In January, judges at the South Jakarta District Court sentenced four men to prison terms ranging from six to seven-and-a-half years for their roles in a failed plan to bomb the Burmese Embassy in Jakarta in May 2013. On March 3, Haris Fauzi was sentenced to nine years in jail for his involvement in a failed plot to assassinate the vice mayor of Makassar, South Sulawesi, in 2012. Fauzi is associated with a terrorist group affiliated with Abu Roban, and had participated in terrorist training camps in the Poso area.
Despite these domestic convictions, Indonesian law lacks the provisions to criminalize and prosecute acts of, and support for, terrorism committed abroad. Frequent personnel rotation at various agencies – including the police, Attorney General's Office, and judiciary – represents a challenge to building long-term institutional expertise. Prosecutors sometimes use other laws and criminal statutes not specific to terrorism to prosecute and convict terrorists. As a result, these individuals are not counted or tracked through the justice system as convicted terrorists, creating a potential loophole in disengagement and de-radicalization efforts.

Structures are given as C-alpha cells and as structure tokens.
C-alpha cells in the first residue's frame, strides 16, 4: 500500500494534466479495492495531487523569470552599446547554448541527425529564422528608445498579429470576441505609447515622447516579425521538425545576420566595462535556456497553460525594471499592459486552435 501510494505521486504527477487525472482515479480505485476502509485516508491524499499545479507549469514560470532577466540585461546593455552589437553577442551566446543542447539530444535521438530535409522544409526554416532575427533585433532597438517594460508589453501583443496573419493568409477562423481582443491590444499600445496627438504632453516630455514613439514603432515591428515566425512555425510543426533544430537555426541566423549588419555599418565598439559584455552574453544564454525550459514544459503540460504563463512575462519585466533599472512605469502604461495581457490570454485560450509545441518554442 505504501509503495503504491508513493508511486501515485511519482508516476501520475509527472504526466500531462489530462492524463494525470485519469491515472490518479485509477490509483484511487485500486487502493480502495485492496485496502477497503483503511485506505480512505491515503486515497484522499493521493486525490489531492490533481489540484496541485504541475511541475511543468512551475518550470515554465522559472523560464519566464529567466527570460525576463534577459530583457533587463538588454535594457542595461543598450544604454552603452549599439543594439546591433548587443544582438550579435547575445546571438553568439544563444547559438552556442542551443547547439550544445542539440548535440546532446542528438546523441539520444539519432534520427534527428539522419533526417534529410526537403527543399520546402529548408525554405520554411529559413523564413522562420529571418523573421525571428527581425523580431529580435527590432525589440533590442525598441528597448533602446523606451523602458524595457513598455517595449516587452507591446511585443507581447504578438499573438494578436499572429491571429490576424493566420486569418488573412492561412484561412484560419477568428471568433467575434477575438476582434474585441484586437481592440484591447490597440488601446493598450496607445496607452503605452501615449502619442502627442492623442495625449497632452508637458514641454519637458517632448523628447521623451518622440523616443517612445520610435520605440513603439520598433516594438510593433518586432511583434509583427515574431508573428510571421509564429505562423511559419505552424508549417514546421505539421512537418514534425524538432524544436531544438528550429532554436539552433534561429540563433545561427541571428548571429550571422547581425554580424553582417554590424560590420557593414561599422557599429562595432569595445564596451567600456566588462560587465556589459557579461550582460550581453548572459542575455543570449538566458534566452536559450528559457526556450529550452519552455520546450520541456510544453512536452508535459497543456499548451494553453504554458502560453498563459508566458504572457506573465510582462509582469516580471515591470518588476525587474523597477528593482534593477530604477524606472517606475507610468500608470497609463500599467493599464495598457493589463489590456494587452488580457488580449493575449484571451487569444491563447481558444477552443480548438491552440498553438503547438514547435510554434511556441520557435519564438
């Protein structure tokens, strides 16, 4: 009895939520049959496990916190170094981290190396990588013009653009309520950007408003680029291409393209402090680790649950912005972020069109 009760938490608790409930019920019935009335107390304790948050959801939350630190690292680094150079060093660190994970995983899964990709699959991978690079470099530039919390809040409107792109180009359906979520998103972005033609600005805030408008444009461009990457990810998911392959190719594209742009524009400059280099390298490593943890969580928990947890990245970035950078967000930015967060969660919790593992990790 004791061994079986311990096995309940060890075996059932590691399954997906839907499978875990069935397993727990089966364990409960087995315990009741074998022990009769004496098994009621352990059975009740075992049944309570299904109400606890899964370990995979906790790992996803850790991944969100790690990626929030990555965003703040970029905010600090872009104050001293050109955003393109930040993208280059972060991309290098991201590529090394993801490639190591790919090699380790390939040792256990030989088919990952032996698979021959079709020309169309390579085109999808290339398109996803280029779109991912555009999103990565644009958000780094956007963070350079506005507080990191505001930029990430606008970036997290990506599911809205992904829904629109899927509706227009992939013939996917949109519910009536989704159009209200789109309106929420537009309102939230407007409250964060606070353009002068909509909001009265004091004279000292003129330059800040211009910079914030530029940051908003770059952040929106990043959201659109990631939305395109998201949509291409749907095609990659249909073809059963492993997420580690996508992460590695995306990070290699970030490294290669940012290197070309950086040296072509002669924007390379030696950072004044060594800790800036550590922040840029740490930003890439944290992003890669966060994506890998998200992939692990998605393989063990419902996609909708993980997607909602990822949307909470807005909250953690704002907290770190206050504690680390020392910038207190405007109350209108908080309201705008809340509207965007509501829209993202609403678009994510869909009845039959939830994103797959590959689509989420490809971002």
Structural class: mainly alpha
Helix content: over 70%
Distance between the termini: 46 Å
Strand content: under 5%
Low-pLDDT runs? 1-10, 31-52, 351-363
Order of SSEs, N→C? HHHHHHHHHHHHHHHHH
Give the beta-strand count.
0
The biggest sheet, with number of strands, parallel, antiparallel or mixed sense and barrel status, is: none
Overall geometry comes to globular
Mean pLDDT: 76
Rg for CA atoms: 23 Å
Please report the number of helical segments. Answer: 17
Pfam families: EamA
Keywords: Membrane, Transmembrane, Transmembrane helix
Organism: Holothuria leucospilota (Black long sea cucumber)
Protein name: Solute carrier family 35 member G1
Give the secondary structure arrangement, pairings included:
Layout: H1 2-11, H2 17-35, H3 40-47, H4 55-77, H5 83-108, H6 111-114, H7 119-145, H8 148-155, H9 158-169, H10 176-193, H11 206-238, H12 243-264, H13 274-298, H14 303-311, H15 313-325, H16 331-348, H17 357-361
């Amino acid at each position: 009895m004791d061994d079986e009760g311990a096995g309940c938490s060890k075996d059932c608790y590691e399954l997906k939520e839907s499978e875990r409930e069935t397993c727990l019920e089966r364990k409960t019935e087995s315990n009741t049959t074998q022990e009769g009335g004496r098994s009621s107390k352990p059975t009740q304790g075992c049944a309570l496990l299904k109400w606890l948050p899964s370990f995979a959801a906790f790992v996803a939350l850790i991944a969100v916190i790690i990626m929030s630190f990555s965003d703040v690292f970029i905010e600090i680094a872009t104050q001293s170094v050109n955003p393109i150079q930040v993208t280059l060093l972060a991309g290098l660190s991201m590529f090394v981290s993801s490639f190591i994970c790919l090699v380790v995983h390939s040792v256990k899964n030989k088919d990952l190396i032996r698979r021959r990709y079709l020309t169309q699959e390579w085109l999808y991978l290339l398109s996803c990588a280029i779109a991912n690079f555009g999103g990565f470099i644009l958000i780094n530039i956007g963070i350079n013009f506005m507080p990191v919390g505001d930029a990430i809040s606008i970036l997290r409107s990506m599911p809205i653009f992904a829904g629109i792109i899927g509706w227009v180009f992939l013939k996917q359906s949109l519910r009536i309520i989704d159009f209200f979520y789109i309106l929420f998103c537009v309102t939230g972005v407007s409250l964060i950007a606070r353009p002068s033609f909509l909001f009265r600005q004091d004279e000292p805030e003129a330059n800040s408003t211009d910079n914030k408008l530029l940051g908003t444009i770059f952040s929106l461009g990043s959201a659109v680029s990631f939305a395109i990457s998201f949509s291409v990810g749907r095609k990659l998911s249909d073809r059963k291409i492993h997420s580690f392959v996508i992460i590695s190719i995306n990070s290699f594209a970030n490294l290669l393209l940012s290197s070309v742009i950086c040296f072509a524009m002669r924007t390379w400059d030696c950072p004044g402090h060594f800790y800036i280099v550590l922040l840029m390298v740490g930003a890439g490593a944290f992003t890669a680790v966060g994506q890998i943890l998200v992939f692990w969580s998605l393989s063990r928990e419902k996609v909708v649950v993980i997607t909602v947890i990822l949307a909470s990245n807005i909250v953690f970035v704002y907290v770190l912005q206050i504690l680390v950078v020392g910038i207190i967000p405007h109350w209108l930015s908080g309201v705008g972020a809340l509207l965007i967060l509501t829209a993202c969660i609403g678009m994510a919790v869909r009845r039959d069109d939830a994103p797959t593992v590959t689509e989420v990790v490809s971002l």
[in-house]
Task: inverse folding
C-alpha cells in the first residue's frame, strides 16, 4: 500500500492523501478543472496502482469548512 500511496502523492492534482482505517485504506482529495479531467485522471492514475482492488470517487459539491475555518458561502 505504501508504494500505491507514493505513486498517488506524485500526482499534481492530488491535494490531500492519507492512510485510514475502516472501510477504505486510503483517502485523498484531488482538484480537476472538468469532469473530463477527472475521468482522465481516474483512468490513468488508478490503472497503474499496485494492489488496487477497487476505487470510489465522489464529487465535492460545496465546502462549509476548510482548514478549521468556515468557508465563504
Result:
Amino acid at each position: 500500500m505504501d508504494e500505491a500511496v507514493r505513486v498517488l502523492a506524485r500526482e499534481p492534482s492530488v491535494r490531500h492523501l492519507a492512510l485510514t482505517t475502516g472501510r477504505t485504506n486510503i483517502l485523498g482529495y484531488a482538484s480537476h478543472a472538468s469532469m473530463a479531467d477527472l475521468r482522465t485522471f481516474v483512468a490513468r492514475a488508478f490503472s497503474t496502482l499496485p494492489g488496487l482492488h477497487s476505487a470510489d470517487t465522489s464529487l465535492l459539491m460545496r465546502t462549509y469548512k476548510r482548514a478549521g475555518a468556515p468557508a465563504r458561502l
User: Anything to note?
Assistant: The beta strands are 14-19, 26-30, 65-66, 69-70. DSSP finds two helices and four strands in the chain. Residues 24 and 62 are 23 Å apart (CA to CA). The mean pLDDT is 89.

Countering the Financing of Terrorism: Indonesia is a member of the Asia/Pacific Group on Money Laundering, a regional Financial Action Task Force (FATF)-style body, and the Egmont Group of Financial Intelligence Units. In 2013, Indonesia's House of Representatives passed Law 9 of 2013, "the Bill on Prevention and Eradication of Crimes of Financing of Terrorism" (TF Law) and the legislation became effective in March 2013. Fifteen defendants have been prosecuted under this law since its passage. According to the UNSC and the FATF, Indonesia has not yet fully implemented UNSCRs 1267 and 1373. By November 26, Indonesia had issued orders to freeze the assets of all 1267/1989 (al-Qa'ida) sanctioned individuals and entities. Indonesia is working on a joint regulation to ensure that its freezing process is "without delay," in accordance with UNSCRs 1267, 1988, and 1373. The FATF continued to include Indonesia on its Public Statement list, noting that Indonesia needs to address certain deficiencies in the TF law regarding identifying and freezing terrorist assets.